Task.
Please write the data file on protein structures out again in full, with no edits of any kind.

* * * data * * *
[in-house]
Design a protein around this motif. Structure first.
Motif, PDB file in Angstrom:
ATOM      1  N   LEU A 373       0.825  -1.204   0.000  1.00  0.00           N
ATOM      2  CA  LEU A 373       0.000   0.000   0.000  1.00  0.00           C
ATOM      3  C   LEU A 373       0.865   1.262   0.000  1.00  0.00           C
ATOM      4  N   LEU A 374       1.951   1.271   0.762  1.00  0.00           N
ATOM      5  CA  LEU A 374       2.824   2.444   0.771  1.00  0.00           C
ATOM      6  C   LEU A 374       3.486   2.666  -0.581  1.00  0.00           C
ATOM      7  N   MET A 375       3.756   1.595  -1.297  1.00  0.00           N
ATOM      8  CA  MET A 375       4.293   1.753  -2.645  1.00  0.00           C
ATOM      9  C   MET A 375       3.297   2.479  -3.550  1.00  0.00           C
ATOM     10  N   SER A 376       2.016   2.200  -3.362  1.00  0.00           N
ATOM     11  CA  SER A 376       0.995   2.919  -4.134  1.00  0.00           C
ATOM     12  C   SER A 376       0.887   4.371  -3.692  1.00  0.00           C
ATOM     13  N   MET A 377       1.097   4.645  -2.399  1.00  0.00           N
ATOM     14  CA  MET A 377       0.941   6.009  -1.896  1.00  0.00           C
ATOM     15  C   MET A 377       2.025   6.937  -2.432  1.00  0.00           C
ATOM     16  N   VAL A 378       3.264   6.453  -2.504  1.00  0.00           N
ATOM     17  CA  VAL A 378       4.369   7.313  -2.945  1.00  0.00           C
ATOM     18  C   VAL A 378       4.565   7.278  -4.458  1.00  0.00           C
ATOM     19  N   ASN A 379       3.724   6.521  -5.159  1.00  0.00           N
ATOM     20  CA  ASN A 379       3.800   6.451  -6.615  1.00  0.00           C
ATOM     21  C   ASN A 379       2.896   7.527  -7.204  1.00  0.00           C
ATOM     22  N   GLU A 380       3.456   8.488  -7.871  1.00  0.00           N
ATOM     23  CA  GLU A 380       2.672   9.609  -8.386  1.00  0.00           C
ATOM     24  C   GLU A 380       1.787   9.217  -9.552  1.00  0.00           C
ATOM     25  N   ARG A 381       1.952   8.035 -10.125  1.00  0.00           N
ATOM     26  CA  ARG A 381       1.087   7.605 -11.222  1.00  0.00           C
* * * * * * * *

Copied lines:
[in-house]
Design a protein around this motif. Structure first.
Motif, PDB file in Angstrom:
ATOM      1  N   LEU A 373       0.825  -1.204   0.000  1.00  0.00           N
ATOM      2  CA  LEU A 373       0.000   0.000   0.000  1.00  0.00           C
ATOM      3  C   LEU A 373       0.865   1.262   0.000  1.00  0.00           C
ATOM      4  N   LEU A 374       1.951   1.271   0.762  1.00  0.00           N
ATOM      5  CA  LEU A 374       2.824   2.444   0.771  1.00  0.00           C
ATOM      6  C   LEU A 374       3.486   2.666  -0.581  1.00  0.00           C
ATOM      7  N   MET A 375       3.756   1.595  -1.297  1.00  0.00           N
ATOM      8  CA  MET A 375       4.293   1.753  -2.645  1.00  0.00           C
ATOM      9  C   MET A 375       3.297   2.479  -3.550  1.00  0.00           C
ATOM     10  N   SER A 376       2.016   2.200  -3.362  1.00  0.00           N
ATOM     11  CA  SER A 376       0.995   2.919  -4.134  1.00  0.00           C
ATOM     12  C   SER A 376       0.887   4.371  -3.692  1.00  0.00           C
ATOM     13  N   MET A 377       1.097   4.645  -2.399  1.00  0.00           N
ATOM     14  CA  MET A 377       0.941   6.009  -1.896  1.00  0.00           C
ATOM     15  C   MET A 377       2.025   6.937  -2.432  1.00  0.00           C
ATOM     16  N   VAL A 378       3.264   6.453  -2.504  1.00  0.00           N
ATOM     17  CA  VAL A 378       4.369   7.313  -2.945  1.00  0.00           C
ATOM     18  C   VAL A 378       4.565   7.278  -4.458  1.00  0.00           C
ATOM     19  N   ASN A 379       3.724   6.521  -5.159  1.00  0.00           N
ATOM     20  CA  ASN A 379       3.800   6.451  -6.615  1.00  0.00           C
ATOM     21  C   ASN A 379       2.896   7.527  -7.204  1.00  0.00           C
ATOM     22  N   GLU A 380       3.456   8.488  -7.871  1.00  0.00           N
ATOM     23  CA  GLU A 380       2.672   9.609  -8.386  1.00  0.00           C
ATOM     24  C   GLU A 380       1.787   9.217  -9.552  1.00  0.00           C
ATOM     25  N   ARG A 381       1.952   8.035 -10.125  1.00  0.00           N
ATOM     26  CA  ARG A 381       1.087   7.605 -11.222  1.00  0.00           C